In part one, we looked at the growing incidence of family members who defraud their aging relatives and the similarities of these miscreants to traditional occupational fraudsters. In part two, we'll look at the behavior pattern of these fraudsters by outlining various criminal cases charged by one prosecuting authority's specialized team.
A MOTHER'S LOVE RUNS DEEPER THAN PLANNED
Let's examine the case of "William," the adult son of a victim. Since 1998, William's mother (we'll call her Debra) authorized him to manage her financial accounts that had a balance of $3 million to $4 million. However, she didn't authorize William to withdraw funds from these accounts, and she never initiated the execution of a power of attorney (POA) instrument.
Over the next 11 years, William systematically transferred funds from his mother's accounts to pay his bills and to supplement his accounts. He also opened at least two credit card accounts in his mother's name and tried to hide bank statements from her. By 2009, her accounts were overdrawn. Debra — and her other adult children — finally detected William's thefts and reported them to the police. William was ultimately charged with and convicted of one felony count of theft by swindle over $35,000; he was given a stayed prison sentence of 42 months and ordered to pay restitution of $110,500.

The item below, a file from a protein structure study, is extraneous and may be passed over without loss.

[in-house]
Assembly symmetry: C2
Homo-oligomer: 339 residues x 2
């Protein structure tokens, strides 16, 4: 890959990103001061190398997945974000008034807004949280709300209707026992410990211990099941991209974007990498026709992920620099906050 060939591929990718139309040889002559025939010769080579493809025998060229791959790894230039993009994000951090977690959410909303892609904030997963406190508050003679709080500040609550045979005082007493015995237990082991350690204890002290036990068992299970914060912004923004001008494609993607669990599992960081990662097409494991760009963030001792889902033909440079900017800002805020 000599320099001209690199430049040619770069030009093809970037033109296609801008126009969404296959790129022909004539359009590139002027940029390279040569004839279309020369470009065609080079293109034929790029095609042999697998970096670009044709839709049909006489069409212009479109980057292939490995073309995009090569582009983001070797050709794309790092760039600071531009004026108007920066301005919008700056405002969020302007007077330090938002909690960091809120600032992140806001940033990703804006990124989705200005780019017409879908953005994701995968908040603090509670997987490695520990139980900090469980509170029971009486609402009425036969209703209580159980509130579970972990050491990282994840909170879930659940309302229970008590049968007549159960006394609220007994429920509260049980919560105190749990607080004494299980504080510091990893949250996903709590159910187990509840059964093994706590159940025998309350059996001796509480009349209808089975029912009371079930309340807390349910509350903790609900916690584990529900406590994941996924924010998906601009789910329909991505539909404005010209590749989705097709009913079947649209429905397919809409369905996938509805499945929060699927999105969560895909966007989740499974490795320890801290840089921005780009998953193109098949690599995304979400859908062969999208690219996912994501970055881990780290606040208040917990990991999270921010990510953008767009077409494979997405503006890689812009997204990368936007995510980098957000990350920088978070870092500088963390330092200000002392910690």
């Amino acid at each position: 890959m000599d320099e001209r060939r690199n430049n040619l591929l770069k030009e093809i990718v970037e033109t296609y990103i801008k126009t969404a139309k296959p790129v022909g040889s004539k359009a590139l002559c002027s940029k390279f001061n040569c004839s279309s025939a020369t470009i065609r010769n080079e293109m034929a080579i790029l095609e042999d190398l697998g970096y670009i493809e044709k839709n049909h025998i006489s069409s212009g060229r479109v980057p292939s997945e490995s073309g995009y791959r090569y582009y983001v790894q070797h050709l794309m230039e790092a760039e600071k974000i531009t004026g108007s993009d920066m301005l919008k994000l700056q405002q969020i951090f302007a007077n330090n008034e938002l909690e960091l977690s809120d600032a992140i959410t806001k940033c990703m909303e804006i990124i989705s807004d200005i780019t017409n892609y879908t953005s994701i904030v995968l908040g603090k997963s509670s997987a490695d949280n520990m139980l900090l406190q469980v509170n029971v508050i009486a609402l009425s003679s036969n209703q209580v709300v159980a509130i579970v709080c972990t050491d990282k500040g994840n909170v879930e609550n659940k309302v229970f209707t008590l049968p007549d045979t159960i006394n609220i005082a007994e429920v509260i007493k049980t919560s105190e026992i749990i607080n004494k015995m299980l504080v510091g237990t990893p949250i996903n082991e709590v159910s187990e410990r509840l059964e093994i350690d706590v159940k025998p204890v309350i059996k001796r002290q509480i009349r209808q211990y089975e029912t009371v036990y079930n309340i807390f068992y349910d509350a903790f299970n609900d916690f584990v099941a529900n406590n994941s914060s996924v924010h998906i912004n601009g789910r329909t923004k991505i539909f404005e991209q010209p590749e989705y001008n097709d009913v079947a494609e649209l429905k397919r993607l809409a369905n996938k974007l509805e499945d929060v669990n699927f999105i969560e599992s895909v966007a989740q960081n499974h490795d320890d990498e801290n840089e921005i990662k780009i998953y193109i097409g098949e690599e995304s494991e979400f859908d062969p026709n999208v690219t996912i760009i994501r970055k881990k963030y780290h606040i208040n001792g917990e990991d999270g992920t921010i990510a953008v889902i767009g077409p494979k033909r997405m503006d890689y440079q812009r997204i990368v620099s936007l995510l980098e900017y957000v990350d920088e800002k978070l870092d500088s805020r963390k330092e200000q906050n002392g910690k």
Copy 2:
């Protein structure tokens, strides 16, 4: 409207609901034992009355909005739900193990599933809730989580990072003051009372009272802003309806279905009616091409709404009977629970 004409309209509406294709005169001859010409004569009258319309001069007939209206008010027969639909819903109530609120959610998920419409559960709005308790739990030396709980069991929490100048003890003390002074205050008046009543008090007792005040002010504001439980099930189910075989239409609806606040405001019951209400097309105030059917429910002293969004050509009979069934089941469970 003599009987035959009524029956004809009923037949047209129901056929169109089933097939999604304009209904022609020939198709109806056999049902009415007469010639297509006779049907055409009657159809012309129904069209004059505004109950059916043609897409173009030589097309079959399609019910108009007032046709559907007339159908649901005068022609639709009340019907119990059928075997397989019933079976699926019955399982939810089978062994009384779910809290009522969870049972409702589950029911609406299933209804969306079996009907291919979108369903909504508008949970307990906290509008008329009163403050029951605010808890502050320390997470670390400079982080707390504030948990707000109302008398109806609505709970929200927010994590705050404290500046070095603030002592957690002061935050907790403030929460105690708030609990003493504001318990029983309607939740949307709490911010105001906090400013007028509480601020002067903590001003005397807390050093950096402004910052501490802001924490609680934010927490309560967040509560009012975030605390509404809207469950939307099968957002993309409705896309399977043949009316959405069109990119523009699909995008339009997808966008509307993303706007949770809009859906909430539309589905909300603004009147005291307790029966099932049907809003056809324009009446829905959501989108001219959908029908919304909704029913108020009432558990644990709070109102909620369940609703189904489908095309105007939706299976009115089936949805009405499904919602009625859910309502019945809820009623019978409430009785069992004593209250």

(This is one of many cases in Hennepin County in recent years criminally charged when a POA instrument was absent; thus, the lack of a POA instrument doesn't necessarily prevent criminal charges of financial crimes against the elderly.)
THE FEVA PLAYBOOK
The Hennepin County Attorney's Office (HCAO) in Minneapolis, Minnesota — for which I am a paralegal in its complex crime unit — has long had attorneys specifically assigned to the prosecution of financial exploitation of vulnerable adult (FEVA) crimes. A review of 15 intra-familial FEVA cases charged by the HCAO within the past three years, in which the victims were elderly and related by family to the defendants, reveals a depressingly uniform fact pattern:
- The life circumstances of the defendants and the victims were similar.
- The manner and speed with which the defendants accessed the victims' funds were similar.